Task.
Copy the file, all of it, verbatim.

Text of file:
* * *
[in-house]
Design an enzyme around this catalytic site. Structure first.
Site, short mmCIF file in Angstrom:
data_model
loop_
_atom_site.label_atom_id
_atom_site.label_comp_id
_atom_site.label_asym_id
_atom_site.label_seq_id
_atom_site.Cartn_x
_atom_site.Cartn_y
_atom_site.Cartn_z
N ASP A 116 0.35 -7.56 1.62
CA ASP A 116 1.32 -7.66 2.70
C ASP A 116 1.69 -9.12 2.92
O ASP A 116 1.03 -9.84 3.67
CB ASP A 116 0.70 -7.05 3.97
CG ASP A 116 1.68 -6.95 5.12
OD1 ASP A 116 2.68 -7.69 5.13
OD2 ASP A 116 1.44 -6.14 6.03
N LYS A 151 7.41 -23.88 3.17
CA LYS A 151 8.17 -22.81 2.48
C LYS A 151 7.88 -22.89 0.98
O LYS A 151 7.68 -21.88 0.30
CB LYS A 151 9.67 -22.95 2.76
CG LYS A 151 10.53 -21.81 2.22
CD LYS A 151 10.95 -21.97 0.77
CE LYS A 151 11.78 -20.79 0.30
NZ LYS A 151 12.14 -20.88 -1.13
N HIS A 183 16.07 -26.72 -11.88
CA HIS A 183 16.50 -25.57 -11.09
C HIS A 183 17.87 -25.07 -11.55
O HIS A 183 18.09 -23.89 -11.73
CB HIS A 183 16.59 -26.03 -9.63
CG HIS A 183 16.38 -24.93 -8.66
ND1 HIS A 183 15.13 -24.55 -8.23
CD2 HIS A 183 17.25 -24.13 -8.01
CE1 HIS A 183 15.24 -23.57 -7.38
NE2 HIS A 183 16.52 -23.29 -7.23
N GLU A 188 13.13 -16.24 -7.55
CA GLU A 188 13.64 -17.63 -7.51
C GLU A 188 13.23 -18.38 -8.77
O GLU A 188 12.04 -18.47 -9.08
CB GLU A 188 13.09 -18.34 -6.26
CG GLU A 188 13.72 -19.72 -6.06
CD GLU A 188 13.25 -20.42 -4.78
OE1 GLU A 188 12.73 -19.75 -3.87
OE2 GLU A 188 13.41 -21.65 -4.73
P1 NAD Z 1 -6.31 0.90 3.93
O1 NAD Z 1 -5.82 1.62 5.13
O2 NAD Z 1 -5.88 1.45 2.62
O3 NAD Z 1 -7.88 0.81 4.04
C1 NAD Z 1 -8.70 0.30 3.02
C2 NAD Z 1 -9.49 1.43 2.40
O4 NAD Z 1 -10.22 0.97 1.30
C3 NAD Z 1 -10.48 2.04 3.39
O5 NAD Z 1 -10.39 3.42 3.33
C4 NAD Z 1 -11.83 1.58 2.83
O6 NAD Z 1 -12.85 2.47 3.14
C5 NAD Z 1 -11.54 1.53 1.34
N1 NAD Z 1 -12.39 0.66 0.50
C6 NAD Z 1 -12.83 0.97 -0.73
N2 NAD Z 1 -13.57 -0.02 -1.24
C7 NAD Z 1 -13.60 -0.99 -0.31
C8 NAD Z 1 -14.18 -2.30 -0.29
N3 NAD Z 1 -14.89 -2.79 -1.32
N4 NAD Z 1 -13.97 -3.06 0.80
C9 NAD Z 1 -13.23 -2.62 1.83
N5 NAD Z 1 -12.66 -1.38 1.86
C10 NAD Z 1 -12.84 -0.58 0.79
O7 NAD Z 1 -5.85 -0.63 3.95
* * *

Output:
[in-house]
Design an enzyme around this catalytic site. Structure first.
Site, short mmCIF file in Angstrom:
data_model
loop_
_atom_site.label_atom_id
_atom_site.label_comp_id
_atom_site.label_asym_id
_atom_site.label_seq_id
_atom_site.Cartn_x
_atom_site.Cartn_y
_atom_site.Cartn_z
N ASP A 116 0.35 -7.56 1.62
CA ASP A 116 1.32 -7.66 2.70
C ASP A 116 1.69 -9.12 2.92
O ASP A 116 1.03 -9.84 3.67
CB ASP A 116 0.70 -7.05 3.97
CG ASP A 116 1.68 -6.95 5.12
OD1 ASP A 116 2.68 -7.69 5.13
OD2 ASP A 116 1.44 -6.14 6.03
N LYS A 151 7.41 -23.88 3.17
CA LYS A 151 8.17 -22.81 2.48
C LYS A 151 7.88 -22.89 0.98
O LYS A 151 7.68 -21.88 0.30
CB LYS A 151 9.67 -22.95 2.76
CG LYS A 151 10.53 -21.81 2.22
CD LYS A 151 10.95 -21.97 0.77
CE LYS A 151 11.78 -20.79 0.30
NZ LYS A 151 12.14 -20.88 -1.13
N HIS A 183 16.07 -26.72 -11.88
CA HIS A 183 16.50 -25.57 -11.09
C HIS A 183 17.87 -25.07 -11.55
O HIS A 183 18.09 -23.89 -11.73
CB HIS A 183 16.59 -26.03 -9.63
CG HIS A 183 16.38 -24.93 -8.66
ND1 HIS A 183 15.13 -24.55 -8.23
CD2 HIS A 183 17.25 -24.13 -8.01
CE1 HIS A 183 15.24 -23.57 -7.38
NE2 HIS A 183 16.52 -23.29 -7.23
N GLU A 188 13.13 -16.24 -7.55
CA GLU A 188 13.64 -17.63 -7.51
C GLU A 188 13.23 -18.38 -8.77
O GLU A 188 12.04 -18.47 -9.08
CB GLU A 188 13.09 -18.34 -6.26
CG GLU A 188 13.72 -19.72 -6.06
CD GLU A 188 13.25 -20.42 -4.78
OE1 GLU A 188 12.73 -19.75 -3.87
OE2 GLU A 188 13.41 -21.65 -4.73
P1 NAD Z 1 -6.31 0.90 3.93
O1 NAD Z 1 -5.82 1.62 5.13
O2 NAD Z 1 -5.88 1.45 2.62
O3 NAD Z 1 -7.88 0.81 4.04
C1 NAD Z 1 -8.70 0.30 3.02
C2 NAD Z 1 -9.49 1.43 2.40
O4 NAD Z 1 -10.22 0.97 1.30
C3 NAD Z 1 -10.48 2.04 3.39
O5 NAD Z 1 -10.39 3.42 3.33
C4 NAD Z 1 -11.83 1.58 2.83
O6 NAD Z 1 -12.85 2.47 3.14
C5 NAD Z 1 -11.54 1.53 1.34
N1 NAD Z 1 -12.39 0.66 0.50
C6 NAD Z 1 -12.83 0.97 -0.73
N2 NAD Z 1 -13.57 -0.02 -1.24
C7 NAD Z 1 -13.60 -0.99 -0.31
C8 NAD Z 1 -14.18 -2.30 -0.29
N3 NAD Z 1 -14.89 -2.79 -1.32
N4 NAD Z 1 -13.97 -3.06 0.80
C9 NAD Z 1 -13.23 -2.62 1.83
N5 NAD Z 1 -12.66 -1.38 1.86
C10 NAD Z 1 -12.84 -0.58 0.79
O7 NAD Z 1 -5.85 -0.63 3.95